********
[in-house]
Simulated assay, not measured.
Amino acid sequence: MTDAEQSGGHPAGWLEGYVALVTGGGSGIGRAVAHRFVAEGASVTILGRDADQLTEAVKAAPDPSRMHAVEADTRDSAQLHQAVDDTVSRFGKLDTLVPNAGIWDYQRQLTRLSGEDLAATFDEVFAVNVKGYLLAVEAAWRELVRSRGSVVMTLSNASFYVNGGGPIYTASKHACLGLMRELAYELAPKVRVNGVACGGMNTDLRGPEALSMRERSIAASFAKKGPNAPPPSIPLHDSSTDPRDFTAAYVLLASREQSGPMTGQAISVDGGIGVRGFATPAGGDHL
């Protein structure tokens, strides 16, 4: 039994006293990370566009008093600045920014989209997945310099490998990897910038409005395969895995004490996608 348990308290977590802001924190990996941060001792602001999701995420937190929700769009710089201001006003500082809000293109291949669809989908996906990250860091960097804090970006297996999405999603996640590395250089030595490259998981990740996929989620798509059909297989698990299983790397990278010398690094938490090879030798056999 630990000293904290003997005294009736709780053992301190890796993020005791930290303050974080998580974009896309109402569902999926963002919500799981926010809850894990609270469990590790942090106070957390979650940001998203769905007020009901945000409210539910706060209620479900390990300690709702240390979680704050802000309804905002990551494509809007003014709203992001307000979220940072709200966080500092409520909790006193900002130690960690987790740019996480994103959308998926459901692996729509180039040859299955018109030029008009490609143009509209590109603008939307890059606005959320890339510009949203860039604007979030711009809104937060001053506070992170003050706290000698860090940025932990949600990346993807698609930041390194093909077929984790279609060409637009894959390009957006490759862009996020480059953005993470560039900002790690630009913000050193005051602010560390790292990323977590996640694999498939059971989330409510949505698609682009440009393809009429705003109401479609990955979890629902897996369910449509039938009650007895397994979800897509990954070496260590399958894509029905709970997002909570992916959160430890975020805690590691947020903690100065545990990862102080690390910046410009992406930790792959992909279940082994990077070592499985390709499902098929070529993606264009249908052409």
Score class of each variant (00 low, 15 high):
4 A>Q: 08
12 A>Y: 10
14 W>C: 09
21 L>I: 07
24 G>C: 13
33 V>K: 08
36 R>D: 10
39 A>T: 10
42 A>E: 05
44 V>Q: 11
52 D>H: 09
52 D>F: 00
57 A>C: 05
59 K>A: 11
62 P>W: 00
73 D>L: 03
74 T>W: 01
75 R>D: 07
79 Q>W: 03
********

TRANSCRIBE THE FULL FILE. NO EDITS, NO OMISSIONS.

[in-house]
Simulated assay, not measured.
Amino acid sequence: MTDAEQSGGHPAGWLEGYVALVTGGGSGIGRAVAHRFVAEGASVTILGRDADQLTEAVKAAPDPSRMHAVEADTRDSAQLHQAVDDTVSRFGKLDTLVPNAGIWDYQRQLTRLSGEDLAATFDEVFAVNVKGYLLAVEAAWRELVRSRGSVVMTLSNASFYVNGGGPIYTASKHACLGLMRELAYELAPKVRVNGVACGGMNTDLRGPEALSMRERSIAASFAKKGPNAPPPSIPLHDSSTDPRDFTAAYVLLASREQSGPMTGQAISVDGGIGVRGFATPAGGDHL
């Protein structure tokens, strides 16, 4: 039994006293990370566009008093600045920014989209997945310099490998990897910038409005395969895995004490996608 348990308290977590802001924190990996941060001792602001999701995420937190929700769009710089201001006003500082809000293109291949669809989908996906990250860091960097804090970006297996999405999603996640590395250089030595490259998981990740996929989620798509059909297989698990299983790397990278010398690094938490090879030798056999 630990000293904290003997005294009736709780053992301190890796993020005791930290303050974080998580974009896309109402569902999926963002919500799981926010809850894990609270469990590790942090106070957390979650940001998203769905007020009901945000409210539910706060209620479900390990300690709702240390979680704050802000309804905002990551494509809007003014709203992001307000979220940072709200966080500092409520909790006193900002130690960690987790740019996480994103959308998926459901692996729509180039040859299955018109030029008009490609143009509209590109603008939307890059606005959320890339510009949203860039604007979030711009809104937060001053506070992170003050706290000698860090940025932990949600990346993807698609930041390194093909077929984790279609060409637009894959390009957006490759862009996020480059953005993470560039900002790690630009913000050193005051602010560390790292990323977590996640694999498939059971989330409510949505698609682009440009393809009429705003109401479609990955979890629902897996369910449509039938009650007895397994979800897509990954070496260590399958894509029905709970997002909570992916959160430890975020805690590691947020903690100065545990990862102080690390910046410009992406930790792959992909279940082994990077070592499985390709499902098929070529993606264009249908052409």
Score class of each variant (00 low, 15 high):
4 A>Q: 08
12 A>Y: 10
14 W>C: 09
21 L>I: 07
24 G>C: 13
33 V>K: 08
36 R>D: 10
39 A>T: 10
42 A>E: 05
44 V>Q: 11
52 D>H: 09
52 D>F: 00
57 A>C: 05
59 K>A: 11
62 P>W: 00
73 D>L: 03
74 T>W: 01
75 R>D: 07
79 Q>W: 03